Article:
NPIP requires flock owners to annually report accurate flock numbers and stock codes for all birds on the premise at the time of reporting. The total flock number needs to include birds that are not old enough for testing. Because sexing is difficult in younger birds, flock owners can be flexible when listing the gender of the birds. Most owners simply choose to list half of their sexually immature birds as female and half as male. The most important thing is to report a correct head count and stock codes. Stock codes are the industry codes that are assigned to each species and breed of poultry and can be found by searching the stock code document. Flock numbers and stock codes will be reported on your initial application and during your annual site inspections.

Charge to participants

WSDA will charge flock owners for PT testing. The fee for testing is $85 an hour. Having the birds penned and easily accessible before the veterinarian arrives on the premise will reduce the amount of time necessary for the PT testing. If the veterinarian has to assit with catching birds before testing this will result in a longer amount of time and a larger fee. Participants are encouraged to assist veterinarians with the handling of their birds as this helps keep testing times down and causes less stress on the birds. When federal funding is available WSDA will pay for AI testing. WSDA will send a bill for the testing after the testing appointment. Veterinarians cannot accept payment at the premise visit.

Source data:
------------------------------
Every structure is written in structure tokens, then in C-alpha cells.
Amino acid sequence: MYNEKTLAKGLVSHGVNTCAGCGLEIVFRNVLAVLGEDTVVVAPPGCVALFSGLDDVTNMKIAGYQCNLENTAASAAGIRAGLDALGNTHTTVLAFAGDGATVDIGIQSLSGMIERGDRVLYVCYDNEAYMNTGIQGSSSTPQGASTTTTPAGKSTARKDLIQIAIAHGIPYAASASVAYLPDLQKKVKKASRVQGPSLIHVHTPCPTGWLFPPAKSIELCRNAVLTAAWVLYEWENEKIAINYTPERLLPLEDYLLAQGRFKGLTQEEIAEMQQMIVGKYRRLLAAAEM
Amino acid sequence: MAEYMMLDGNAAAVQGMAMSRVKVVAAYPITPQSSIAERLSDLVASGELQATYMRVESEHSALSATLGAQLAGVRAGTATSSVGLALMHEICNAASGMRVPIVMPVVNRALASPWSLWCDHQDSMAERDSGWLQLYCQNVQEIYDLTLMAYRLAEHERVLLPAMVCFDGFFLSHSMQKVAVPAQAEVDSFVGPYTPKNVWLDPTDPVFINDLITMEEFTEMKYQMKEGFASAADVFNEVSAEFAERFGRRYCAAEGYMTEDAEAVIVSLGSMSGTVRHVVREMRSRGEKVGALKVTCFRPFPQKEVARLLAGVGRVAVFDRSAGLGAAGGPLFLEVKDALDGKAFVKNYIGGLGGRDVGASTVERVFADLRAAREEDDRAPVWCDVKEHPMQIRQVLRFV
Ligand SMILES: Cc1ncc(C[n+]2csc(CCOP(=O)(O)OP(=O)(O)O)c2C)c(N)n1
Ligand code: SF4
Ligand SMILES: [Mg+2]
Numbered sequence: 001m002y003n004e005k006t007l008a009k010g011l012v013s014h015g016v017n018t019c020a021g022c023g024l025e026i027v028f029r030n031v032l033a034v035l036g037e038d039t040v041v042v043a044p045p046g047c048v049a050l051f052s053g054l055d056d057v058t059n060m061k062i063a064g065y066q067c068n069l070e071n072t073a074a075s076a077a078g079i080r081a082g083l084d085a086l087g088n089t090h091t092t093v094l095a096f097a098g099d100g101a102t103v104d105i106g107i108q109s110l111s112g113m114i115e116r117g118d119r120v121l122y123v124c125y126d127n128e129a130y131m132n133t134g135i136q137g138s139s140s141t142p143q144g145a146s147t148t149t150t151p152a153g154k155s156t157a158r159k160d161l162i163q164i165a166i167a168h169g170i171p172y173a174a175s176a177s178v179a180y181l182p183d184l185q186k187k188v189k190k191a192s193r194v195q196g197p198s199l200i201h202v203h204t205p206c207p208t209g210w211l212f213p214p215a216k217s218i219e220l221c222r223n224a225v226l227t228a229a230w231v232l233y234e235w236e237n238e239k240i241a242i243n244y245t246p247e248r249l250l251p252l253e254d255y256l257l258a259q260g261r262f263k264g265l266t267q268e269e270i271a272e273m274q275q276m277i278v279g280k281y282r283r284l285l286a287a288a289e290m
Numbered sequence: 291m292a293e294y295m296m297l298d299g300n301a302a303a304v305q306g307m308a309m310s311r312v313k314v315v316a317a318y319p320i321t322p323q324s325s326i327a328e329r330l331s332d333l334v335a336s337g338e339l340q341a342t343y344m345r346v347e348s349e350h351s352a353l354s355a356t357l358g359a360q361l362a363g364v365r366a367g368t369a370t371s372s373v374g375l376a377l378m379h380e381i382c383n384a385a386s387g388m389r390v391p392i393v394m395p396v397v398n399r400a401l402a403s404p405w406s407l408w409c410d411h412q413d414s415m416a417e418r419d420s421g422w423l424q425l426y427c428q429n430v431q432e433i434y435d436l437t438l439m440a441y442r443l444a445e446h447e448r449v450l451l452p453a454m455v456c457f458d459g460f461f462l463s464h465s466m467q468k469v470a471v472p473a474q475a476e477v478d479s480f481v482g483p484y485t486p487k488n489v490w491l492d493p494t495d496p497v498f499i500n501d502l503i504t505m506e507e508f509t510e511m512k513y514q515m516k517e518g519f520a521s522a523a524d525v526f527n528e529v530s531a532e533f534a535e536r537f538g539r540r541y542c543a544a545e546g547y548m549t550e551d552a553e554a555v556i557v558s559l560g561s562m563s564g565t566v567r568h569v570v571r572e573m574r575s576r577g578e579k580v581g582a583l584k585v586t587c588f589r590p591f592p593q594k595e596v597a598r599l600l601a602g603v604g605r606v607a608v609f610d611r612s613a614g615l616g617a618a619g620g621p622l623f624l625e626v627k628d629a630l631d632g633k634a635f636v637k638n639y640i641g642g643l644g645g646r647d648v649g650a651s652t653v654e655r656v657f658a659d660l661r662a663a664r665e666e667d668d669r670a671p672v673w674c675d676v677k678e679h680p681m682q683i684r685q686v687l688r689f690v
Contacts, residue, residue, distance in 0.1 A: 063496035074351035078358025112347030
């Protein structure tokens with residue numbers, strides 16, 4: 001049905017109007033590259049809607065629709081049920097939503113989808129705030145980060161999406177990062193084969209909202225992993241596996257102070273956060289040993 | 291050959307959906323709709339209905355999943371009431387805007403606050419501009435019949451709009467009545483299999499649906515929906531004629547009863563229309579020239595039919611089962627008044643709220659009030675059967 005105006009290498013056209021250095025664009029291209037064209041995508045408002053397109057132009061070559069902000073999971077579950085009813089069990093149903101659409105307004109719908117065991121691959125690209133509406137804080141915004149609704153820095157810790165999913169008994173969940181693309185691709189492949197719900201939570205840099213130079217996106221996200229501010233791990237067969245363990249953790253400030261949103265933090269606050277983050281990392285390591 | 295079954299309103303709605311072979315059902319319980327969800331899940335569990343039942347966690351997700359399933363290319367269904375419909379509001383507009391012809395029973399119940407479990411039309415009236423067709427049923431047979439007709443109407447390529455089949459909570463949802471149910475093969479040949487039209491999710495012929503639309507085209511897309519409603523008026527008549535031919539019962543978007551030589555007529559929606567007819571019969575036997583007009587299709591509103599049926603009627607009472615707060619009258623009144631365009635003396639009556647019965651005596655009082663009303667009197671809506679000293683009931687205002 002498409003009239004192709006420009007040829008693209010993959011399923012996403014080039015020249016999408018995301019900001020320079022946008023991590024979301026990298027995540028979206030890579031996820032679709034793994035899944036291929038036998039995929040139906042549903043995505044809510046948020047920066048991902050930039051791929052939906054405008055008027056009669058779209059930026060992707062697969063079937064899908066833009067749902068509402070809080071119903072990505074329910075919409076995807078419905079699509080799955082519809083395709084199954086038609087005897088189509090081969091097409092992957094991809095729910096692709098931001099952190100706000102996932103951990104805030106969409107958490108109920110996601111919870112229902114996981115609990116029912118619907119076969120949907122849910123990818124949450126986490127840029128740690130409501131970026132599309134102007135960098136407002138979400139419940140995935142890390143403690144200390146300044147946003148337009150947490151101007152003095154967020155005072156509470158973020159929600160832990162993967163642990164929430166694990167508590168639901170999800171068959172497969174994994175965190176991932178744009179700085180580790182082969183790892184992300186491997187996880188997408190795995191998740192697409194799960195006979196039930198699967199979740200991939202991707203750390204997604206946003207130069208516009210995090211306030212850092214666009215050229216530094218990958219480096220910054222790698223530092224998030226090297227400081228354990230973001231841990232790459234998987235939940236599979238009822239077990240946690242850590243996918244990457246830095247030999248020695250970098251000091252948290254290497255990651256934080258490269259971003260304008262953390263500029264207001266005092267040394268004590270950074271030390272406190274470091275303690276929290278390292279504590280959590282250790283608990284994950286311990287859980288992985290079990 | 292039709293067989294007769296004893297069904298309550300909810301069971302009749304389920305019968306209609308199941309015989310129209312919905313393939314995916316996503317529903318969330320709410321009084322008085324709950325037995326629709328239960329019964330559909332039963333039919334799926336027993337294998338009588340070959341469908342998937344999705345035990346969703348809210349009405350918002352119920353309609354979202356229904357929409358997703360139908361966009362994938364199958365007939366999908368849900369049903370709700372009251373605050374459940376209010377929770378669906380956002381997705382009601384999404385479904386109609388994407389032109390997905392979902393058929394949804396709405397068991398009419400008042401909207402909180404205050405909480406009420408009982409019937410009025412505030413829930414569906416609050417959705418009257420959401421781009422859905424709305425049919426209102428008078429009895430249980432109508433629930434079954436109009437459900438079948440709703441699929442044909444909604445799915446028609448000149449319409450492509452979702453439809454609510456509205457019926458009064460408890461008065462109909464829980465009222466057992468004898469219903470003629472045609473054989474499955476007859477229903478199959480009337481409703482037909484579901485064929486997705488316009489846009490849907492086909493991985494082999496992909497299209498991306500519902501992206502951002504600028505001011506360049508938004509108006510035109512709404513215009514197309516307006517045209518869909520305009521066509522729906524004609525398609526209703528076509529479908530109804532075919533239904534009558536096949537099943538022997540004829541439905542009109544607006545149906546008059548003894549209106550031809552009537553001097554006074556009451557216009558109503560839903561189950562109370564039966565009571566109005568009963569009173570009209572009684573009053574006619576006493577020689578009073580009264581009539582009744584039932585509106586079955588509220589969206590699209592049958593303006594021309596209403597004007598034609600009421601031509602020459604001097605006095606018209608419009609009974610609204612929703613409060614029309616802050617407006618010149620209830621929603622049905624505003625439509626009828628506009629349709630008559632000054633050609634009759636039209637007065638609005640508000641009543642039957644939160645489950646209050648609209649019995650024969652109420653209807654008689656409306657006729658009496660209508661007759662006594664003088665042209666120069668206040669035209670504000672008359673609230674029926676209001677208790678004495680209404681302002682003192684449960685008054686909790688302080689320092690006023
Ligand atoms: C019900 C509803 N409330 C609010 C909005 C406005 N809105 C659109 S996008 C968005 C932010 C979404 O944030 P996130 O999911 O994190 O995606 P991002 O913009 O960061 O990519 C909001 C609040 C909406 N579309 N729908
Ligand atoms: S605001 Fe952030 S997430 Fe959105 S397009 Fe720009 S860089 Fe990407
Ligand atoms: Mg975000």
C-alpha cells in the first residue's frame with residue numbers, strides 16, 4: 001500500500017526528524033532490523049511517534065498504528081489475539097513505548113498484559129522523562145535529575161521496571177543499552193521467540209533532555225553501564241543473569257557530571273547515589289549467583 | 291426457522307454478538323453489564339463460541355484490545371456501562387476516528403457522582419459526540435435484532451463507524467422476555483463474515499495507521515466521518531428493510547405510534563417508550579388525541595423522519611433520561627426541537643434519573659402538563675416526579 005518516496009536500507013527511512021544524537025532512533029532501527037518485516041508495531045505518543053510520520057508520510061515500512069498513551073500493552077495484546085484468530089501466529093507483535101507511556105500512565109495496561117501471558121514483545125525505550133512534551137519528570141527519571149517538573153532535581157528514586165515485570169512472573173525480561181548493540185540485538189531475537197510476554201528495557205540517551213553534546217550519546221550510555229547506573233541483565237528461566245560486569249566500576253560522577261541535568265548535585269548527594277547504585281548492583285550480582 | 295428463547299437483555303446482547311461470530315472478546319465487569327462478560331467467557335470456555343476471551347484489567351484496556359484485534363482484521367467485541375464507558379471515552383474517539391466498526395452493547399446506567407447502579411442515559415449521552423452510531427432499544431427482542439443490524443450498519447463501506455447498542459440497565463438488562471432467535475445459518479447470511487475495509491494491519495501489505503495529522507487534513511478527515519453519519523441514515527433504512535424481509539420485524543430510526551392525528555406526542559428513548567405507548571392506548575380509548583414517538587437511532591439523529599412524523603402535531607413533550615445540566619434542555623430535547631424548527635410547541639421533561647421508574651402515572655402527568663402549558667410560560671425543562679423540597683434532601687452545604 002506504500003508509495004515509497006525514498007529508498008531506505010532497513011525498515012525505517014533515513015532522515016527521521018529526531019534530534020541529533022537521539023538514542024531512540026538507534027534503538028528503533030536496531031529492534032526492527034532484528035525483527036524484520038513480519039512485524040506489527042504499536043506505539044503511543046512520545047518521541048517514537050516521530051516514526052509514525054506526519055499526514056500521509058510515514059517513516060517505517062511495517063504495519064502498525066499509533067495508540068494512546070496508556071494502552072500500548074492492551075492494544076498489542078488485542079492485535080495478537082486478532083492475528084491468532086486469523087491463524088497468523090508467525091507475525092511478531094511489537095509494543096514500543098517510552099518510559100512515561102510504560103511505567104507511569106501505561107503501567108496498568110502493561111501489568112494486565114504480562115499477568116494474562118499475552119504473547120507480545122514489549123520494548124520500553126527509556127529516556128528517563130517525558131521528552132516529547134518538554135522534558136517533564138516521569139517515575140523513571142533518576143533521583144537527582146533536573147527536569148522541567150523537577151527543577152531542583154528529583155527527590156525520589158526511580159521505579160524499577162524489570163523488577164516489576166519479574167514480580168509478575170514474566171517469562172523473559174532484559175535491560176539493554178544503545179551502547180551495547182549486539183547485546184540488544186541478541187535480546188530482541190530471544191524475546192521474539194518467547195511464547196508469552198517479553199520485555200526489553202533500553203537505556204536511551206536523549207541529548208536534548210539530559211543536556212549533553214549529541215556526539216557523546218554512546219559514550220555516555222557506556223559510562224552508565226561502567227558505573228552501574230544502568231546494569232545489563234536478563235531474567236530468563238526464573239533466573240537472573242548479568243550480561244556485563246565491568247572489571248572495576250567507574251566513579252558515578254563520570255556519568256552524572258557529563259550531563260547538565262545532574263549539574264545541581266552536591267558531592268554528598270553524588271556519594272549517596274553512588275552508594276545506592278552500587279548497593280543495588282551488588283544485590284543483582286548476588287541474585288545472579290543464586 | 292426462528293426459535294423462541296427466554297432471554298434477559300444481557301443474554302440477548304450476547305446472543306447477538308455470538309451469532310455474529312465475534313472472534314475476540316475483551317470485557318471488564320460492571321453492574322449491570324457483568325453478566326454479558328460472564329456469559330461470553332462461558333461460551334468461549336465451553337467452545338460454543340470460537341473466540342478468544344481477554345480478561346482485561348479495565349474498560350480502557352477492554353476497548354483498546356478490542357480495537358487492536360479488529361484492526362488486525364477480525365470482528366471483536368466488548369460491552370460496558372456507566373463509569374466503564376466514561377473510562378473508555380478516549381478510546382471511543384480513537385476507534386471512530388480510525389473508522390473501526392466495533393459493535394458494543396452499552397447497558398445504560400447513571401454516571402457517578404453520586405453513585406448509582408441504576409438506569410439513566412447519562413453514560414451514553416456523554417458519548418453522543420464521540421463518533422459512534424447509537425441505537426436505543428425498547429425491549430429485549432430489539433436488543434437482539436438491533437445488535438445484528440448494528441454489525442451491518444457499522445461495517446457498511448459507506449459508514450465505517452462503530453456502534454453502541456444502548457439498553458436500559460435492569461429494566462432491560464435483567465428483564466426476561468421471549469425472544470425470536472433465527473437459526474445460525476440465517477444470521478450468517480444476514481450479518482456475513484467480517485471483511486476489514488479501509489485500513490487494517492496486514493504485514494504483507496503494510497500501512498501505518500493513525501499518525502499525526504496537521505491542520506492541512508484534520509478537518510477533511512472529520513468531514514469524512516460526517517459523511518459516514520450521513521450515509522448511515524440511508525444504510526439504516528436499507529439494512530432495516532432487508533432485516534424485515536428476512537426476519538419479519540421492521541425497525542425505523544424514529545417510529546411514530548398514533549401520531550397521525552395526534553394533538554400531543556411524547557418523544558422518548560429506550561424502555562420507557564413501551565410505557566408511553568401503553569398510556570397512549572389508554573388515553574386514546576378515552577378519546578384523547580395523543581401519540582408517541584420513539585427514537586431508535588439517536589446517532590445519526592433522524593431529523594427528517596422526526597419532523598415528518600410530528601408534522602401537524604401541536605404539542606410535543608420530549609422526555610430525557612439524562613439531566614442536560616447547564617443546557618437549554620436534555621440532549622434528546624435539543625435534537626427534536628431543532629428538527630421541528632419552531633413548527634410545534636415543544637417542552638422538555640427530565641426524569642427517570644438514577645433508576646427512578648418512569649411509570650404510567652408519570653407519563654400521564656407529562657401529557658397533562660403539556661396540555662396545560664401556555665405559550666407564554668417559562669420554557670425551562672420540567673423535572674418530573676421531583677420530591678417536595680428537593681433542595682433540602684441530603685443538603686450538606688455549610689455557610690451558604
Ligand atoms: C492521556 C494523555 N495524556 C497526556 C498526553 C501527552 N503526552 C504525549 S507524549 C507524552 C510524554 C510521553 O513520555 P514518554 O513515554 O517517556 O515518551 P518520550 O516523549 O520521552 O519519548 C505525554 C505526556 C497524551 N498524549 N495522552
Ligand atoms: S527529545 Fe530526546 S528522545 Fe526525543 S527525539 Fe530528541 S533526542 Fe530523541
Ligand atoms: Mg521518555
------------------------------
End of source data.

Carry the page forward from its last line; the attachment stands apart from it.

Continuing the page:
Stock replacement and commingling birds

Participants may not buy or receive birds for any purpose from non-participants. Commingling birds from another premise that is not NPIP certified can be a reason for being debarred from the program. A list of certified NPIP producers and dealers, organized by state, can be found on the NPIP website. Clicking on the state that you would like to review will bring up the current list of NPIP members in that state.